its first operation in Chile.

In the habit
The Great Leap Forward came in 2004 when Botín shocked the international banking
world by taking over Abbey, Britain’s sixth largest bank. At that time few
analysts bothered to cover Santander and almost no one in Britain had ever heard
of the Spanish bank. But that all changed with the recent addition of mortgage
& Leicester
& Bingley
to the Santander stable. Suddenly, Santander is a
major force in British banking, with more than 10% of the UK mortgage market.

Botín knows the financial markets will eventually emerge from the current
downturn and he can afford to wait. The bank has been virtually unscathed by the
credit crunch, in no small measure thanks to the ultra-conservative policies of
the Bank of Spain, Europe’s toughest regulator, which refused to allow banks to
hold the toxic products that brought down the likes of
. Hence Santander is in a position to record another year of
healthy growth.

Of course, Botín is not the bank’s sole decision-maker ­ the market and
shareholders would never put up with a one-man-show at one of the world’s
largest banks. CEO Alfredo Sánez, senior VPs Matías and Juan Rodríguez Inciarte
and Francisco Luz-n, have fulfilled the role of key strategists in the group’s
expansion in Latin America, Europe and the US. Nor should one overlook Botín’s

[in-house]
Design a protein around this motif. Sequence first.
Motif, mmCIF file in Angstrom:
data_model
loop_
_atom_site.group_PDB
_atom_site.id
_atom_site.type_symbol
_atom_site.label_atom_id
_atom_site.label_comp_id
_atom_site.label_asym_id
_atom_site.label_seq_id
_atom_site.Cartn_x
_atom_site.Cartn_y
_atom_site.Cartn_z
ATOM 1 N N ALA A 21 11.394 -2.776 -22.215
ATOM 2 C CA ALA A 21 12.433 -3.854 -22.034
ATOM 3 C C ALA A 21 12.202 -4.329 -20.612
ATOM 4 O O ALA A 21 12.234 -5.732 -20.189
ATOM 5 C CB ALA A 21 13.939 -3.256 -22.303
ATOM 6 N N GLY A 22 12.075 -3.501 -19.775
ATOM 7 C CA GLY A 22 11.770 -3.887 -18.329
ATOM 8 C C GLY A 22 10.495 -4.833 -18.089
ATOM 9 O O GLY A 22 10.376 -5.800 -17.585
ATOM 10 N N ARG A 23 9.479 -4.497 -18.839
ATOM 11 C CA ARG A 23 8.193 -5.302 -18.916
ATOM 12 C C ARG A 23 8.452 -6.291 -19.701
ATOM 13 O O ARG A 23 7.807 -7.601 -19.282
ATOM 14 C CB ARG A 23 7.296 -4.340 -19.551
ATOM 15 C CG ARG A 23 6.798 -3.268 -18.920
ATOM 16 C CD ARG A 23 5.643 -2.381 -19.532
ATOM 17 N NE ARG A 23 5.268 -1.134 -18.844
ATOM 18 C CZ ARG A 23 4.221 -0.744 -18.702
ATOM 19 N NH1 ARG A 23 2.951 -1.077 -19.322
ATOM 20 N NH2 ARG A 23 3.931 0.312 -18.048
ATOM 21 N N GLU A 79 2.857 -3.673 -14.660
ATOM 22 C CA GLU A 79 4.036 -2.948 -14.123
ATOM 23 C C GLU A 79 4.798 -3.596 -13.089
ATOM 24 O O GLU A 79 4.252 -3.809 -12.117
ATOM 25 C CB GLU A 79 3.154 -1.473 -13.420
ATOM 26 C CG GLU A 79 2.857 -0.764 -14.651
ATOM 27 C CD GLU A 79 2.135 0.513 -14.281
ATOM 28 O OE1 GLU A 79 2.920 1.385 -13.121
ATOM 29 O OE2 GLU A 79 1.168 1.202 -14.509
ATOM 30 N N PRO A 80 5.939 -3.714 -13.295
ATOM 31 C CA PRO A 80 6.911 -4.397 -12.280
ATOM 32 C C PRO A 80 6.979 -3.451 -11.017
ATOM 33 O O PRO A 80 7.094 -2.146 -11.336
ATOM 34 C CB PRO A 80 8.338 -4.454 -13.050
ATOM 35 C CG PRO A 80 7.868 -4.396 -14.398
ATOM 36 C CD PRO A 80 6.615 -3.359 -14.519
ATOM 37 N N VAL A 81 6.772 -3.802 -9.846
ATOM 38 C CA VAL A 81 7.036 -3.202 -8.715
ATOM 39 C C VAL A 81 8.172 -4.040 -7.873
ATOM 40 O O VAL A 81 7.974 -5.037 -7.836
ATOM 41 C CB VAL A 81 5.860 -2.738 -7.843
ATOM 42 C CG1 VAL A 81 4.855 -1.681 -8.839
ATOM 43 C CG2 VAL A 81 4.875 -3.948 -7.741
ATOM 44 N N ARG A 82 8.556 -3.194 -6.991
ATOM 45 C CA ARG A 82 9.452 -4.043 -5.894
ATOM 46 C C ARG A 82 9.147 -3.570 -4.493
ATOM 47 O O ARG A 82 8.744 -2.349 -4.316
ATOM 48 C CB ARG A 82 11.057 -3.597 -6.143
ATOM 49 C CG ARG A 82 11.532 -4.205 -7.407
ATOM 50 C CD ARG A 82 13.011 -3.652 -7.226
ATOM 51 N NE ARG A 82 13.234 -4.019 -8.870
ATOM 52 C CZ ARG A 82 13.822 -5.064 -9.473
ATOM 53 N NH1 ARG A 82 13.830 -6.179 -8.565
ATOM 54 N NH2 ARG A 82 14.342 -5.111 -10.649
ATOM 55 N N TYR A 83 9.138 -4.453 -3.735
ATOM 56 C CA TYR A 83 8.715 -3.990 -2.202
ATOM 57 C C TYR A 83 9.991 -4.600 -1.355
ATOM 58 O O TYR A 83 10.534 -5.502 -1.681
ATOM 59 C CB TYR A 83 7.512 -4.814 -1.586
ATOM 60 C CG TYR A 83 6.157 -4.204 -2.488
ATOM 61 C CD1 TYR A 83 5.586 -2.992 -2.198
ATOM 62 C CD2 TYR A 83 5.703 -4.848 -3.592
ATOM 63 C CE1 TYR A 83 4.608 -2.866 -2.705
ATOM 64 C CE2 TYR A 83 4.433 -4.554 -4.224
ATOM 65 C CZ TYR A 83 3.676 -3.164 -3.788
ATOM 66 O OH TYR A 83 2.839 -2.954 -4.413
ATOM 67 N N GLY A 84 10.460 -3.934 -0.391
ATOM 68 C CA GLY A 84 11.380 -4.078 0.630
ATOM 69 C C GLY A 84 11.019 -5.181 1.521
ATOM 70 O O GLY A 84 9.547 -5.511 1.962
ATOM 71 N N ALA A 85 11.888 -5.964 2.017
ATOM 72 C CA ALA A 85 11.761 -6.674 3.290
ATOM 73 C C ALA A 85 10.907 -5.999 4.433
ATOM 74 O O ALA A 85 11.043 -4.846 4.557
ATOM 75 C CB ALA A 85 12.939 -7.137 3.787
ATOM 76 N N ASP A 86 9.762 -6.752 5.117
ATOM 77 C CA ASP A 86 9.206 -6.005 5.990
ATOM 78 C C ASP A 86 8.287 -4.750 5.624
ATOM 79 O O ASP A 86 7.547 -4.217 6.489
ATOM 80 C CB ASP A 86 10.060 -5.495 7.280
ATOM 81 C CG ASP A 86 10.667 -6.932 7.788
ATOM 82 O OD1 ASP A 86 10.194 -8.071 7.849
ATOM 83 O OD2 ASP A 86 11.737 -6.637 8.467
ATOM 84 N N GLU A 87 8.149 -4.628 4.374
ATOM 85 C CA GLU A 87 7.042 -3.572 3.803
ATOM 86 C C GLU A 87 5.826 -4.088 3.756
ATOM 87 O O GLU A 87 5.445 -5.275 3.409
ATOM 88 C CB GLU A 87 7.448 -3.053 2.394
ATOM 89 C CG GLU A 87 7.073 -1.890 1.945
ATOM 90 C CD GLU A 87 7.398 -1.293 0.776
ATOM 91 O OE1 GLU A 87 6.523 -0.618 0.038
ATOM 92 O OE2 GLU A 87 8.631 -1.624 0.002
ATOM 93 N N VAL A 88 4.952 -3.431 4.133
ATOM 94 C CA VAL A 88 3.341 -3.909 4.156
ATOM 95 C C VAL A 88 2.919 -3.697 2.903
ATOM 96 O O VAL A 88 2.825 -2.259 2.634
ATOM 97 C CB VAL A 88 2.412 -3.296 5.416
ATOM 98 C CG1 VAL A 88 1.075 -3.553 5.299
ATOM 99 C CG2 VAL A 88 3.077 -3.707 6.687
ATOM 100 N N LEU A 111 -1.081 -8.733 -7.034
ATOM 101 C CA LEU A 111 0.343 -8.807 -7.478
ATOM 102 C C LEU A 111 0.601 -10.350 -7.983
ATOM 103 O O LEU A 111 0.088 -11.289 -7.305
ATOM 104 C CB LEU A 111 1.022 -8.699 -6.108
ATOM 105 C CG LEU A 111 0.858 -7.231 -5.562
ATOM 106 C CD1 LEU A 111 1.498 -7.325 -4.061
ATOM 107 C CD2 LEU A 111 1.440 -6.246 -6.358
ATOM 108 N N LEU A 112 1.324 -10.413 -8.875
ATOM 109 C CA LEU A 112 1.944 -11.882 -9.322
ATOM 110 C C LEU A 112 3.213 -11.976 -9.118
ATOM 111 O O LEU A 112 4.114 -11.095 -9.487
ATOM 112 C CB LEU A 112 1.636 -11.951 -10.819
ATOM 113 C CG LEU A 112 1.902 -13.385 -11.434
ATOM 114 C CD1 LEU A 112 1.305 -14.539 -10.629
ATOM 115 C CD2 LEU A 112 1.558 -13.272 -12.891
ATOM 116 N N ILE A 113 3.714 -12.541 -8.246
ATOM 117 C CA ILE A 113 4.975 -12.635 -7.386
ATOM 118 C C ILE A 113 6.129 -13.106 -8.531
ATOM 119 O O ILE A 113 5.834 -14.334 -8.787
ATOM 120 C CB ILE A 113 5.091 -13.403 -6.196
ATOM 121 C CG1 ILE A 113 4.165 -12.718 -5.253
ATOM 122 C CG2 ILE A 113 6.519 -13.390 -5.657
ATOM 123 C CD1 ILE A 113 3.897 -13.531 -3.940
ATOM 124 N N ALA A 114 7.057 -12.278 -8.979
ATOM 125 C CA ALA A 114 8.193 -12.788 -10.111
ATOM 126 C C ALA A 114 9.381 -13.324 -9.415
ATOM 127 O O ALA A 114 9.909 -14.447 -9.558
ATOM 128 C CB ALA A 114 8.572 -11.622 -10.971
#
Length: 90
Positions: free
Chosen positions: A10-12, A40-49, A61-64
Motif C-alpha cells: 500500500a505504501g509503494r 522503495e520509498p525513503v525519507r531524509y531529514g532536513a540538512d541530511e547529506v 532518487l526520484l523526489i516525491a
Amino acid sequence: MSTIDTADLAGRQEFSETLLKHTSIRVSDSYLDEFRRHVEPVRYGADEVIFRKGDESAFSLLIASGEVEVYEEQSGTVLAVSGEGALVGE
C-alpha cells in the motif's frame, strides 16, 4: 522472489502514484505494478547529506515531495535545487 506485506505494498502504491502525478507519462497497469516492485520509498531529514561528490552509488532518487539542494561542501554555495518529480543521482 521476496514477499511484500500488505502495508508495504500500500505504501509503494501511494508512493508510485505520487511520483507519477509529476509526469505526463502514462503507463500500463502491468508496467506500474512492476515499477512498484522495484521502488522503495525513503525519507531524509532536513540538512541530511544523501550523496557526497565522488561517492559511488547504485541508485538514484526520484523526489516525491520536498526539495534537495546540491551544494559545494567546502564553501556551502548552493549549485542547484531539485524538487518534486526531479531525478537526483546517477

daughter, 47-year-old Ana Patricia, whom Forbes lists as one of the world’s 100
most powerful women and who is viewed as a strong contender for her father’s
job. Lest she get her hopes up, Botín once replied to a question about his
successor at a press conference by saying, in her presence, “There are many
contenders for the top spot.”

But to the world at large, the names of Emilio Botín and Santander are inse
parable. Four years ago, Botín moved the entire Madrid central operations and
6,800 employees to Santander City, a sprawling, (euro) 480m state-of-the art
complex covering 370 acres of scrubland 11 miles from the city, which has been
dubbed “Botínopolis”. The new headquarters reveals Botín’s determination to
remain on top. From his enormous glass-enclosed office, Botín enjoys a panoramic
view of the 7,000-foot Guadarrama range a few miles to the north. He also has a
bird’s-eye view from which to observe the activities of his executive staff.

Botín shows no interest in putting his feet up and if he follows in the
footsteps of his forebears, Ana Patricia and other hopefuls will need patience.
Botín’s father, and namesake, was 84 when he reluctantly stepped down as

Santander was recently named Best Bank in the World by Euromoney. Emilio Botín
couldn’t attend the London awards ceremony, but accepted the award via a
videolink from Spain.

After the usual words of thanks, Botín said he would like to say a few words
to the London financial community. His words must have made many a banker choke
on their pudding: “Santander is one of the few banks to have successfully come
through the turbulence of last year unaffected by toxic instruments,” Botín
said. “You may ask how it is possible. Well, let me tell you. If you don’t fully
understand an instrument, don’t buy it. If you will not buy for yourself a
specific product, don’t try to sell it. If you don’t know very well your
customers, don’t lend them any money. If you do these three things, you will be
a better banker, my son.”

Simple words, and wise – and available on YouTube.